Using hydrogeochemistry to understand inter-aquifer mixing in the on-shore part of the Gippsland Basin, southeast Australia

Hofmann, H. and Cartwright, I. (2013) Using hydrogeochemistry to understand inter-aquifer mixing in the on-shore part of the Gippsland Basin, southeast Australia. Applied Geochemistry, 33 84-103. doi:10.1016/j.apgeochem.2013.02.004


Author Hofmann, H.
Cartwright, I.
Title Using hydrogeochemistry to understand inter-aquifer mixing in the on-shore part of the Gippsland Basin, southeast Australia
Journal name Applied Geochemistry   Check publisher's open access policy
ISSN 0883-2927
1872-9134
Publication date 2013
Sub-type Article (original research)
DOI 10.1016/j.apgeochem.2013.02.004
Open Access Status
Volume 33
Start page 84
End page 103
Total pages 20
Place of publication Kidlington, Oxford, United Kingdom
Publisher Pergamon
Collection year 2014
Language eng
Subject 2304 Environmental Chemistry
2310 Pollution
1906 Geochemistry and Petrology
Abstract Groundwater in the Latrobe Valley in the Gippsland Basin of southeast Australia is important for domestic, agricultural and industrial uses. This sedimentary basin contains a number of aquifers that are used for water supply, dewatered for open pit coal mining, and which are potentially influenced by off-shore oil and gas production. Major ion chemistry together with stable and Sr isotope data imply that the main hydrogeochemical processes are evapotranspiration with minor silicate and carbonate weathering; methanogenesis and SO4 reduction in reduced groundwater associated with coal deposits have also occurred. Groundwater has estimated 14C ages of up to 36ka and is largely 3H free. Carbon-14 ages are irregularly distributed and poorly correlated with depth and distance from the basin margins. The observations that the geochemistry of groundwater in aquifers with different mineralogies are similar and the distribution of 14C ages is irregular implies that the aquifers are hydraulically connected and horizontal as well as vertical inter-aquifer mixing occurs. The connection of shallow and deeper aquifers poses a risk for the groundwater resources in Gippsland as contaminants can migrate across aquifers and dewatering of shallow units may impact deeper parts of the groundwater system.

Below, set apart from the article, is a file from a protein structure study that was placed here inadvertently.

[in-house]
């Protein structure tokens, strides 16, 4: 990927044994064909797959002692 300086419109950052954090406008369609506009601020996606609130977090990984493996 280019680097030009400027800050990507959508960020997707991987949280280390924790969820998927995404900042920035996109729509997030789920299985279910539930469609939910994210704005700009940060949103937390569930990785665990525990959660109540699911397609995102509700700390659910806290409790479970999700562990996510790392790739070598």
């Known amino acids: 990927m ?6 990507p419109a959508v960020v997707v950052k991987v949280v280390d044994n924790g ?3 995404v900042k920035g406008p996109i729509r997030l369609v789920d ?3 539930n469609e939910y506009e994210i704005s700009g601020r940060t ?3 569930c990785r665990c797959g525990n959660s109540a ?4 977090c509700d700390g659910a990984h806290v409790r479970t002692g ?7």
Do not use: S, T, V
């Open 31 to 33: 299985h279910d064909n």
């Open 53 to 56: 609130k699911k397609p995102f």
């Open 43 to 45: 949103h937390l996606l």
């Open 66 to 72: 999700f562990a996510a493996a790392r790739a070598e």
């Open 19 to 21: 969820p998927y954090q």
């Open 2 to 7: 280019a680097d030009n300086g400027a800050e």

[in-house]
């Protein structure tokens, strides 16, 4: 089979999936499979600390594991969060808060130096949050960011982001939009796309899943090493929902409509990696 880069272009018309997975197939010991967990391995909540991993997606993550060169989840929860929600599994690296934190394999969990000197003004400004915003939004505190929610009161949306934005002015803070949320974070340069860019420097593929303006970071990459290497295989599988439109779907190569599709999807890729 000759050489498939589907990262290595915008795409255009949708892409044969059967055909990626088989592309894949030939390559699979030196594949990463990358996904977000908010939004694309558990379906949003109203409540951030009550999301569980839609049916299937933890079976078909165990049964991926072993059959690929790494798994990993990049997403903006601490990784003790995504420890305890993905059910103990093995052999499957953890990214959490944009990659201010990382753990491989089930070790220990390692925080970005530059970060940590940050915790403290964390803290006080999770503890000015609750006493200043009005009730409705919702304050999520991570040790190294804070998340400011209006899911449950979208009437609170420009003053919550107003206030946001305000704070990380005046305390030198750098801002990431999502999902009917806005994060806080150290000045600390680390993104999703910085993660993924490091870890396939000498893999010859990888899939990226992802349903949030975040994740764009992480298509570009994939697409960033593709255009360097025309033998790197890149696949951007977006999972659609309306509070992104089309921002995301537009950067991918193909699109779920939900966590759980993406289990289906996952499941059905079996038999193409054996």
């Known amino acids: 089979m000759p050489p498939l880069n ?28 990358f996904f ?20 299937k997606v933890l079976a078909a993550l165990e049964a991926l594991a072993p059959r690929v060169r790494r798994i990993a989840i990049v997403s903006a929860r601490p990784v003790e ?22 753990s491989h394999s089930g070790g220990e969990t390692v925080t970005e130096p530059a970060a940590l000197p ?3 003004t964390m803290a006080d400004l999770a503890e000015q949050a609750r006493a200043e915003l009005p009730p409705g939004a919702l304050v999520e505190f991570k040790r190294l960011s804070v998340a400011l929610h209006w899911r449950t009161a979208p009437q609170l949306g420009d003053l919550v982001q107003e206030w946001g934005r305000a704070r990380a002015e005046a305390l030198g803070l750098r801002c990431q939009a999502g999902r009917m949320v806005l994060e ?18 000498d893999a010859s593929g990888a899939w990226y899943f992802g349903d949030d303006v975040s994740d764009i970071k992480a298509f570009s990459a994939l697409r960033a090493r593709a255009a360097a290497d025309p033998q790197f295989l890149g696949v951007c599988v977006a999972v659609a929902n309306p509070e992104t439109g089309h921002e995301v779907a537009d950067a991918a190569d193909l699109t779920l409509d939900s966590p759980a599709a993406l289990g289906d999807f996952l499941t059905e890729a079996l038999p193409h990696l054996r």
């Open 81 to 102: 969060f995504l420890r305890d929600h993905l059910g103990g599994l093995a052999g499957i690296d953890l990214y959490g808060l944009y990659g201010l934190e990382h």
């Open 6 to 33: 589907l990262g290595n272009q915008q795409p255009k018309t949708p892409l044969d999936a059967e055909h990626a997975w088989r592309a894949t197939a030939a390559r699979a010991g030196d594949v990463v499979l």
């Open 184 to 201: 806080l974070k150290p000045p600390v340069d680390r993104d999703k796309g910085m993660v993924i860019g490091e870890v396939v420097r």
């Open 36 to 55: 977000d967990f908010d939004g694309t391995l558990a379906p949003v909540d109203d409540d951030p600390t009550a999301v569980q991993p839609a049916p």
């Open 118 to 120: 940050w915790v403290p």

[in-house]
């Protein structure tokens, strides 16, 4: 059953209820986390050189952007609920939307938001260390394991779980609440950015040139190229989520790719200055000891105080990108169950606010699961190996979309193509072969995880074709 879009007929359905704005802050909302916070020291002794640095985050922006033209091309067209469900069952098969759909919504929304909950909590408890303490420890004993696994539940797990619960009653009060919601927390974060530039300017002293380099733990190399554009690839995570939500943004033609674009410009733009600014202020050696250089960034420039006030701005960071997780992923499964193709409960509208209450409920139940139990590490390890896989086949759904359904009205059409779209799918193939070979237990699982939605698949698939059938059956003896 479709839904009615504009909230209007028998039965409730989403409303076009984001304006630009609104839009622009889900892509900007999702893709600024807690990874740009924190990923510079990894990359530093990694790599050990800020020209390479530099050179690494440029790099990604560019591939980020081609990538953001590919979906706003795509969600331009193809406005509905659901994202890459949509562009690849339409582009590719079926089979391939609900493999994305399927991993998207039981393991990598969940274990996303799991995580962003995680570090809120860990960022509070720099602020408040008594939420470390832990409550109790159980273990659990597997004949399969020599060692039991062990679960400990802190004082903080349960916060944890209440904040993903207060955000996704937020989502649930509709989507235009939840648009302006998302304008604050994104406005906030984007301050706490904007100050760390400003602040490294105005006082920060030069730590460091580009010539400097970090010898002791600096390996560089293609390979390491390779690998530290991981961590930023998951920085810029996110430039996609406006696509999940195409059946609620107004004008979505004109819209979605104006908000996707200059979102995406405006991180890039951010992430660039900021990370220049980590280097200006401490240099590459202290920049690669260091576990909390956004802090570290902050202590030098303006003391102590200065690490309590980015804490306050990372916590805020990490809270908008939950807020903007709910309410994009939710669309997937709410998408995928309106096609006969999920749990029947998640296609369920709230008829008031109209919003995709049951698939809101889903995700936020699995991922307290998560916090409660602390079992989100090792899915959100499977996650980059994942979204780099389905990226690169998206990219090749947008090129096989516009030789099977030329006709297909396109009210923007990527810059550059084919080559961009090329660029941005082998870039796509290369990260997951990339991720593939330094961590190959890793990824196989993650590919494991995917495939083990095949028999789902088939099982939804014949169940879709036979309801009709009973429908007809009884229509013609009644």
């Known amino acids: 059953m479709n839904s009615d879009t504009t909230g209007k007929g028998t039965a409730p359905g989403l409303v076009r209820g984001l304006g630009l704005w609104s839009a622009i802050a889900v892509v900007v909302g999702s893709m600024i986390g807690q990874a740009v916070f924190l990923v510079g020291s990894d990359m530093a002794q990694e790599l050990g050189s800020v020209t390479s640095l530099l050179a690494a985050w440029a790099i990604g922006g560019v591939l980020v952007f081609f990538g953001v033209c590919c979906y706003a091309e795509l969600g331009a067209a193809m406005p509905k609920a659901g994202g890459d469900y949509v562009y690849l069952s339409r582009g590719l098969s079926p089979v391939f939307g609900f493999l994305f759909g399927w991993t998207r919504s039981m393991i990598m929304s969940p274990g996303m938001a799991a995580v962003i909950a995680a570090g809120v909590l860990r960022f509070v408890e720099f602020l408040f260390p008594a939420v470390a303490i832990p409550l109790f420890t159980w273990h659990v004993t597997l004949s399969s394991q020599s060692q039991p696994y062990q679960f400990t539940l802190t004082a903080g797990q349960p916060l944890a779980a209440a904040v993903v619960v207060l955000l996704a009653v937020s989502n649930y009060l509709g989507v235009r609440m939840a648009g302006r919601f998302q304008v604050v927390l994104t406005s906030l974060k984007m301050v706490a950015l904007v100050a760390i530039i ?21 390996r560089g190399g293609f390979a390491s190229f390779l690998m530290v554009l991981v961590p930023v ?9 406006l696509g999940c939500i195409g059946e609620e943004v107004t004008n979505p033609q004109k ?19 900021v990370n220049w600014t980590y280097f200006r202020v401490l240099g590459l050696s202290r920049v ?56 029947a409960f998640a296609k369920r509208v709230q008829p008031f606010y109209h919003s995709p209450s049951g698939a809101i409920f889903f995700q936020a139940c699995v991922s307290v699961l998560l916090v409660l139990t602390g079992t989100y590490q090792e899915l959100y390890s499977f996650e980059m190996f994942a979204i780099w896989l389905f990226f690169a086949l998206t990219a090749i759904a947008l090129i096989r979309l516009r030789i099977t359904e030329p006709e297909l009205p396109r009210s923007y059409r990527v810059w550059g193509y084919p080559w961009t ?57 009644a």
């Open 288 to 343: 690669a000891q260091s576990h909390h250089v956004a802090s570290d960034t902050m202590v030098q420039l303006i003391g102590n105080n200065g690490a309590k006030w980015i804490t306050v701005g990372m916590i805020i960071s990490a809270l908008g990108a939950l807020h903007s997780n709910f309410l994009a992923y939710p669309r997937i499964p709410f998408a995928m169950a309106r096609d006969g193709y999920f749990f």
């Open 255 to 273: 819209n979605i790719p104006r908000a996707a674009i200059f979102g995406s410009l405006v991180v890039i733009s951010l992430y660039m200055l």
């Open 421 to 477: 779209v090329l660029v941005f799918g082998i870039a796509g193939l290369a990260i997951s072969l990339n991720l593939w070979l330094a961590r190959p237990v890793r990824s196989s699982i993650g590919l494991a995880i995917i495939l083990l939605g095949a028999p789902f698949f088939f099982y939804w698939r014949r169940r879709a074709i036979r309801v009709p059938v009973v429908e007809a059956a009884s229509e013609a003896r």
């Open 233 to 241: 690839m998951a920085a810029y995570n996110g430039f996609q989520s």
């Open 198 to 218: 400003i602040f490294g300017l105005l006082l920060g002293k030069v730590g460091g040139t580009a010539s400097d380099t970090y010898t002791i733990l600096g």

Q-Index Code C1
Q-Index Status Provisional Code
Institutional Status Non-UQ

Document type: Journal Article
Sub-type: Article (original research)
Collections: Non HERDC
School of Earth Sciences Papers
 
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Created: Thu, 13 Mar 2014, 13:37:30 EST by Ashleigh Paroz on behalf of School of Earth Sciences